this is the passionfruit icing between two vanilla crumbly cookies. It added that piece of bitter / sweet flavour that that makes Separated by Work the enjoyable treat that it is.

Kirsty really opened up and shared some very intimate information from her family and personal experiences. Believe me this takes courage, character and conviction but adds the perfect amount of extra credibility and integrity that just completes the work.

The Wrap

Separated by Work is not a gospel or bible for all things FIFO, nor does it pretend to be. But it is the best collation I’ve come across yet of facts, thoughts, experiences, tips and advice to cover all stakeholders in this lifestyle.

For those new to FIFO, or looking to take the plunge, this book is a fantastic tool to build some realistic expectations about what to expect and to start planning for what you are likely (and unlikely) to encounter.

For the experienced FIFO workers / families, it provides a great opportunity for personal reflection on the problems we face and possibly offer some new solutions to them. This was definitely the case for me as it bought a whole other perspective to common issues we in the FIFO thing all have faced and I’ve come away with some new angles of attack, no doubt.

One big piece of value I took from Separated by Work, and totally unexpectedly, was the tangibility and awareness of seemingly quite common challenges that many of my colleagues and team members face. Things that have not affected me and I never gave a second thought to, are covered by Kirsty and it really reminded me that “everyone has a story, especially in FIFO”.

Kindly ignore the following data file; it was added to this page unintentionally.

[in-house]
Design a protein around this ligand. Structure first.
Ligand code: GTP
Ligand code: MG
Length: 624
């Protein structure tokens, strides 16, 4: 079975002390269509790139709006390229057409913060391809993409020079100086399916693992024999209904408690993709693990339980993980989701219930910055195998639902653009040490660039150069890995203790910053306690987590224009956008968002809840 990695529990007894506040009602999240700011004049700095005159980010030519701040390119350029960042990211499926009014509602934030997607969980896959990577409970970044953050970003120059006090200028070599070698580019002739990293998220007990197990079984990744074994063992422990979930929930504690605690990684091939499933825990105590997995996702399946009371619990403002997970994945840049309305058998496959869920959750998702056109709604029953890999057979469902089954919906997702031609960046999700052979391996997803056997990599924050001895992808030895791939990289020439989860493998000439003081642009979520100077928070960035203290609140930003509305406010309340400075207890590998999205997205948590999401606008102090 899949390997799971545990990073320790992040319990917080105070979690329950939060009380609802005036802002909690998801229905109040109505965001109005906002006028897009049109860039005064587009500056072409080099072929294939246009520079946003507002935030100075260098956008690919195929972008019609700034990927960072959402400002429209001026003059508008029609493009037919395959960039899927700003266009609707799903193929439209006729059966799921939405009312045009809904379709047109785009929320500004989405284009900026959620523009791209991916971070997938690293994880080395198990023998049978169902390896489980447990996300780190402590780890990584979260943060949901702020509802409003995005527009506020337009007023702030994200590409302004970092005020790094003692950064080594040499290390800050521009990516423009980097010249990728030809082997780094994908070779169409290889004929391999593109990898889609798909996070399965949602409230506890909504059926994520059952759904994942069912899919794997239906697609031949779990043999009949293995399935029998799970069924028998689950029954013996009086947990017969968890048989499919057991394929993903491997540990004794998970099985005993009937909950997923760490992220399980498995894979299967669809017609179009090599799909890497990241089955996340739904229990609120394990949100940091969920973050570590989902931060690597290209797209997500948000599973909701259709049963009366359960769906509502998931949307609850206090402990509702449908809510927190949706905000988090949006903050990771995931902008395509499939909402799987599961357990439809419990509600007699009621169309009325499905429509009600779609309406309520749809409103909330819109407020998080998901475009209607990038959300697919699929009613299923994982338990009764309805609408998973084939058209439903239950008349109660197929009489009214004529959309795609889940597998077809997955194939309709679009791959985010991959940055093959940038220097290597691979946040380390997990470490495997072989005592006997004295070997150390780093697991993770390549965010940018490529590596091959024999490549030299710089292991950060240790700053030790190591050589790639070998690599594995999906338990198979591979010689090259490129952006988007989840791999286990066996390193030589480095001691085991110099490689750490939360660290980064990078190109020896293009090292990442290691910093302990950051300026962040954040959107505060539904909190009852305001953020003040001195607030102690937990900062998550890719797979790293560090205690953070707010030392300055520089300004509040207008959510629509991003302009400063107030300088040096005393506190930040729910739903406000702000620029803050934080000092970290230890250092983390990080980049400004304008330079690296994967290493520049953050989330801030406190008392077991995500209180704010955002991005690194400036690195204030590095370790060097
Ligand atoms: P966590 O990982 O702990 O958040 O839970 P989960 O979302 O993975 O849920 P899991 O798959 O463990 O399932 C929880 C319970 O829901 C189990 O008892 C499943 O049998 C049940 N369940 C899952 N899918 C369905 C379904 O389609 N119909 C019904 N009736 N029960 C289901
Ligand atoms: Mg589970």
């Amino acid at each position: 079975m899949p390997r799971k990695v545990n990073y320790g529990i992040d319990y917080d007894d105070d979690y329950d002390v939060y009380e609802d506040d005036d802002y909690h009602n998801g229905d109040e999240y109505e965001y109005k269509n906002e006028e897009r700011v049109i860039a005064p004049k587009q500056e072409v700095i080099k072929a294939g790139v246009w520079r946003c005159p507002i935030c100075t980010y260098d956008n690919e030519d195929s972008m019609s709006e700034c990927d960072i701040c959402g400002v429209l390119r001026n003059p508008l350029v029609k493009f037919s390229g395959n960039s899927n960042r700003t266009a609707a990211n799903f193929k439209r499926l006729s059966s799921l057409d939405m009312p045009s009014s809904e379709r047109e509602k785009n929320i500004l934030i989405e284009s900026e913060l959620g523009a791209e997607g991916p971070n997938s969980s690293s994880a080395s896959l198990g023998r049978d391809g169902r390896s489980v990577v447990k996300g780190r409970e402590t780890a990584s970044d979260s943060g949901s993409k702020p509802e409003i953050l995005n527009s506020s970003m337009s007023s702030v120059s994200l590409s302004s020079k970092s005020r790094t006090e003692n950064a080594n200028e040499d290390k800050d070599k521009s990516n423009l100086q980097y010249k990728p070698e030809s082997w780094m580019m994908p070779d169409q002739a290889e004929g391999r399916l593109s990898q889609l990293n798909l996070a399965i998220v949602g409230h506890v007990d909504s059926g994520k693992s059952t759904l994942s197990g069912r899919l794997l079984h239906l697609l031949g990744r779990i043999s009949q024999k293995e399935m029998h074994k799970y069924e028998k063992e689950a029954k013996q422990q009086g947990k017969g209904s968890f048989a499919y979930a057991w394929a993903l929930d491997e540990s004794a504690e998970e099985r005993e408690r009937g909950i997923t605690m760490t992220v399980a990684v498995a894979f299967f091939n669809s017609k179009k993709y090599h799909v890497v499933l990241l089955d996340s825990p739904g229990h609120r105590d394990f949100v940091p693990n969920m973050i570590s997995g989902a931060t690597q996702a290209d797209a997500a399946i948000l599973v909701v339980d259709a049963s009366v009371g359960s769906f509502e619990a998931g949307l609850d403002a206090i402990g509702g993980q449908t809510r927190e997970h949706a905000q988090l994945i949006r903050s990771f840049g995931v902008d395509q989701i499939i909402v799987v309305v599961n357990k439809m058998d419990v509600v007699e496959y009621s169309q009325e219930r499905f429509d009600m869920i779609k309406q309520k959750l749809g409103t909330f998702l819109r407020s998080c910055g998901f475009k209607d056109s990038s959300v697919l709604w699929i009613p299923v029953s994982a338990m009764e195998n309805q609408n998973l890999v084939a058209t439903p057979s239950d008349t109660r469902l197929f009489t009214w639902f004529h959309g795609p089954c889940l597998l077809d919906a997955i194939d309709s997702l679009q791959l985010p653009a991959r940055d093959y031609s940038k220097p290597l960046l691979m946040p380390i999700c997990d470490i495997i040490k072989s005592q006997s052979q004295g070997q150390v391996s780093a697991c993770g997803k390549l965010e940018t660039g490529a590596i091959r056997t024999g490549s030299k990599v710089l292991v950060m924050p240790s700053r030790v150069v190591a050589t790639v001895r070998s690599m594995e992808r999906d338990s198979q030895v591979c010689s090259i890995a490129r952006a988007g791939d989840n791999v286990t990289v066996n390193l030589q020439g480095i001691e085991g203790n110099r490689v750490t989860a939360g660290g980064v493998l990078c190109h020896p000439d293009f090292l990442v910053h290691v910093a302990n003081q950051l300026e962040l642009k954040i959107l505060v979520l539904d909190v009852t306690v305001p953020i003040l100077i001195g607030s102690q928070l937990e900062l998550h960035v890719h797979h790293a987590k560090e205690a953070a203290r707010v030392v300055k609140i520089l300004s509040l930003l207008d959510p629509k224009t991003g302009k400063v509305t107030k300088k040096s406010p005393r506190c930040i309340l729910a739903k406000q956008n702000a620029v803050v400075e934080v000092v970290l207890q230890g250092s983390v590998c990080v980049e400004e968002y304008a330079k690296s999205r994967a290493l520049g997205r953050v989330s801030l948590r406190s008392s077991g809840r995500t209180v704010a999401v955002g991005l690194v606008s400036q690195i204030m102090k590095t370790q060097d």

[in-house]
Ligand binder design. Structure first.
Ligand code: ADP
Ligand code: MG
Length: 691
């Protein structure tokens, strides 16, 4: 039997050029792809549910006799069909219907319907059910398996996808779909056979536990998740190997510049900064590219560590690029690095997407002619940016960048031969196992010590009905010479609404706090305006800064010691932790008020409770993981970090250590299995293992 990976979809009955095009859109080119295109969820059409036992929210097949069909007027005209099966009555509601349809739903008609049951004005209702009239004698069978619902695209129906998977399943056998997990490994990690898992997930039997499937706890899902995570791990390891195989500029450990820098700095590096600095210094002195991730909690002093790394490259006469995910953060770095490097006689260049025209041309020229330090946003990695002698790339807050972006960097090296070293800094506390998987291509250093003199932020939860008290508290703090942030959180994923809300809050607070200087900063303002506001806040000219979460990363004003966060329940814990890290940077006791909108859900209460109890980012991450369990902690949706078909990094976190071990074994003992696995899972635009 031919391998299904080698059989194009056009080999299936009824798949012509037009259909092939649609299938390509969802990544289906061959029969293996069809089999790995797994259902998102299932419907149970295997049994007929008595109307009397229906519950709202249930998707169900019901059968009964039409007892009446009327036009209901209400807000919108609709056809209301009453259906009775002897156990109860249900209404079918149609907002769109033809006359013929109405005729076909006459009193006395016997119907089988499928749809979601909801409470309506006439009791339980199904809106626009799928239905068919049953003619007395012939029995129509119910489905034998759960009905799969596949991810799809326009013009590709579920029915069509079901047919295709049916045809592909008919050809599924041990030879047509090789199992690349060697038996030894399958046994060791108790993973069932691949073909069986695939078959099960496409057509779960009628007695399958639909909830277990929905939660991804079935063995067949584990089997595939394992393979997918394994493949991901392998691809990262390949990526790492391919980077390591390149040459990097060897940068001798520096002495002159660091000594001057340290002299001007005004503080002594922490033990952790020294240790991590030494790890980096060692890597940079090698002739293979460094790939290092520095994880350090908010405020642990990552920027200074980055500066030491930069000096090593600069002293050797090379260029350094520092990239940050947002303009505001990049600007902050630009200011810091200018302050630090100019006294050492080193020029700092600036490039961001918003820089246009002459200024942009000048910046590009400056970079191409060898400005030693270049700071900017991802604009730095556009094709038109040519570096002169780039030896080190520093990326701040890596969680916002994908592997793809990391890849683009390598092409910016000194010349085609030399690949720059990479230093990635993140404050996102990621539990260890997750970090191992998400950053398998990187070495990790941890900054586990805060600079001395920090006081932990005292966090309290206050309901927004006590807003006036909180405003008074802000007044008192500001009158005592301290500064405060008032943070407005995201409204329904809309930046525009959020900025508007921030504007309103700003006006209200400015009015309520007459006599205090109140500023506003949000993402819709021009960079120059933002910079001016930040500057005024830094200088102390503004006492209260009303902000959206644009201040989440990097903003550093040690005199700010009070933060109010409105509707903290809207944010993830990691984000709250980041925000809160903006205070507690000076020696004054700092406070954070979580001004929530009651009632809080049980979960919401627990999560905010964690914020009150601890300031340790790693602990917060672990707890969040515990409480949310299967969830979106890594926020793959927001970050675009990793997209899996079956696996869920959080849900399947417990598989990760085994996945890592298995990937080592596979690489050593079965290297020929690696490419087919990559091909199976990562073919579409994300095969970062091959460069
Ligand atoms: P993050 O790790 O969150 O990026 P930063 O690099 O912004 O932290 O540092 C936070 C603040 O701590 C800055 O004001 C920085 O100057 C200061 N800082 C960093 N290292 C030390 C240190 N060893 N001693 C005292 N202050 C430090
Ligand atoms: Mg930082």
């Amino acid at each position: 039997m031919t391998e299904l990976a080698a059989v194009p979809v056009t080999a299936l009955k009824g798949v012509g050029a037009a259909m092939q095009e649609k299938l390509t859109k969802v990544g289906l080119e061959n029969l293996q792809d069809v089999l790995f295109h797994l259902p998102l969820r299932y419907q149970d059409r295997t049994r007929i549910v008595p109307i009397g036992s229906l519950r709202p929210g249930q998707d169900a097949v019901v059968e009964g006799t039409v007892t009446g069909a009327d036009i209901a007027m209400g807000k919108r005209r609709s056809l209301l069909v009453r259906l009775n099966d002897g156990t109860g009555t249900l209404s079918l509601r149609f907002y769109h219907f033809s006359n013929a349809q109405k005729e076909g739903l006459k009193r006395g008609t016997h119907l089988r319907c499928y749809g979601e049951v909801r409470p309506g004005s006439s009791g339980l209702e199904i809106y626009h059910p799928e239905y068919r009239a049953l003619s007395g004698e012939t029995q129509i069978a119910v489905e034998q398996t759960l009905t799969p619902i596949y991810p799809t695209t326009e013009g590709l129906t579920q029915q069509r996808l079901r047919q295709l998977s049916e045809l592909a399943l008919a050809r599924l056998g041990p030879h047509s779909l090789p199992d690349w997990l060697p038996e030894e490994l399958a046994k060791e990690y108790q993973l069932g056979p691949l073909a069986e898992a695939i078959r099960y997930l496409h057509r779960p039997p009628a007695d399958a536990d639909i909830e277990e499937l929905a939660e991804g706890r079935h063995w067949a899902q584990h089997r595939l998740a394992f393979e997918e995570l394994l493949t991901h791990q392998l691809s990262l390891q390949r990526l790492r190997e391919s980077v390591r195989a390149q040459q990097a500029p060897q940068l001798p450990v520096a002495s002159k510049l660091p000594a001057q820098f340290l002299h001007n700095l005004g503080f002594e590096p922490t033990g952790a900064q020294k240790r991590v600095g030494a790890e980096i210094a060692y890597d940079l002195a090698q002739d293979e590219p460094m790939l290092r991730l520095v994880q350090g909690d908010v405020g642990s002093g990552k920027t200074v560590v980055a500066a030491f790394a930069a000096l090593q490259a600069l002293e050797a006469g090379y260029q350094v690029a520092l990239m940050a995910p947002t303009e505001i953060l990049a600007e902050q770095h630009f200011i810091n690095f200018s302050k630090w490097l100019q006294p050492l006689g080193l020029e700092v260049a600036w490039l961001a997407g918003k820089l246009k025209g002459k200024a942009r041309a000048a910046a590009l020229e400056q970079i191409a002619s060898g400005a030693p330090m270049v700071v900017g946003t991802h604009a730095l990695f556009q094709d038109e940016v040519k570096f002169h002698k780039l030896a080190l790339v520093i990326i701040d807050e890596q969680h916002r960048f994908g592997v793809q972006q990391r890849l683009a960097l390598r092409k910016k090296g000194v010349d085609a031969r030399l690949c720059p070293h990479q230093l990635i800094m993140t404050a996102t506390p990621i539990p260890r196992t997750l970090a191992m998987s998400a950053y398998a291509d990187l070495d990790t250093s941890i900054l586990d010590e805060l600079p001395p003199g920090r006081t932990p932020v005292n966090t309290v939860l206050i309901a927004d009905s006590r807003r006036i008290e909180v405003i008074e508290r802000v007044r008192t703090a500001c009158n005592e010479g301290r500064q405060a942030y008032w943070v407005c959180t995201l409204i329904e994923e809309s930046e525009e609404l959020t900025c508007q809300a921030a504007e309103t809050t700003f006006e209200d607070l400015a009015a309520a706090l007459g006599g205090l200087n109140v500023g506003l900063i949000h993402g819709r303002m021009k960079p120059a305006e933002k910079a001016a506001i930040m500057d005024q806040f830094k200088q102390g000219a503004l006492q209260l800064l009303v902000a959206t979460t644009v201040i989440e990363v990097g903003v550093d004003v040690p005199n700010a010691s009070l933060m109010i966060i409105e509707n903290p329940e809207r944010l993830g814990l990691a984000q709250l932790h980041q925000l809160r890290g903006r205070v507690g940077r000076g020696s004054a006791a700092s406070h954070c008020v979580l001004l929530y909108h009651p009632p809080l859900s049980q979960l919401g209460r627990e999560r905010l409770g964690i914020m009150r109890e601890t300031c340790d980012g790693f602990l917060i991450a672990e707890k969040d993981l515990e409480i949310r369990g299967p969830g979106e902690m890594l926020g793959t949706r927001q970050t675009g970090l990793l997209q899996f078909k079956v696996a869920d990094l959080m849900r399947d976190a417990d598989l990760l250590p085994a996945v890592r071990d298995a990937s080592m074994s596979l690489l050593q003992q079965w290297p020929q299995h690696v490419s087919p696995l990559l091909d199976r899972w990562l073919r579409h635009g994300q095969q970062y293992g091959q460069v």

So there you have it, my very brief and totally unqualified thoughts on Separated by Work. Of course, don’t take my word for it, go to the Unity Words website and check it out for yourself.”

Today I am so very grateful for this review, and I am proud that my ‘paper baby’ is out there in the community making a difference.

Please check out One Minute Closer website, or their Facebook page.

Kirsty 🙂

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Do your relationships inspire or drain you?

relationships-2

We are wired for relationships and building these relationships is tied to our happiness and well being. Resilience research shows there are behaviours within family, friendship, and community environments, which nurture resilience.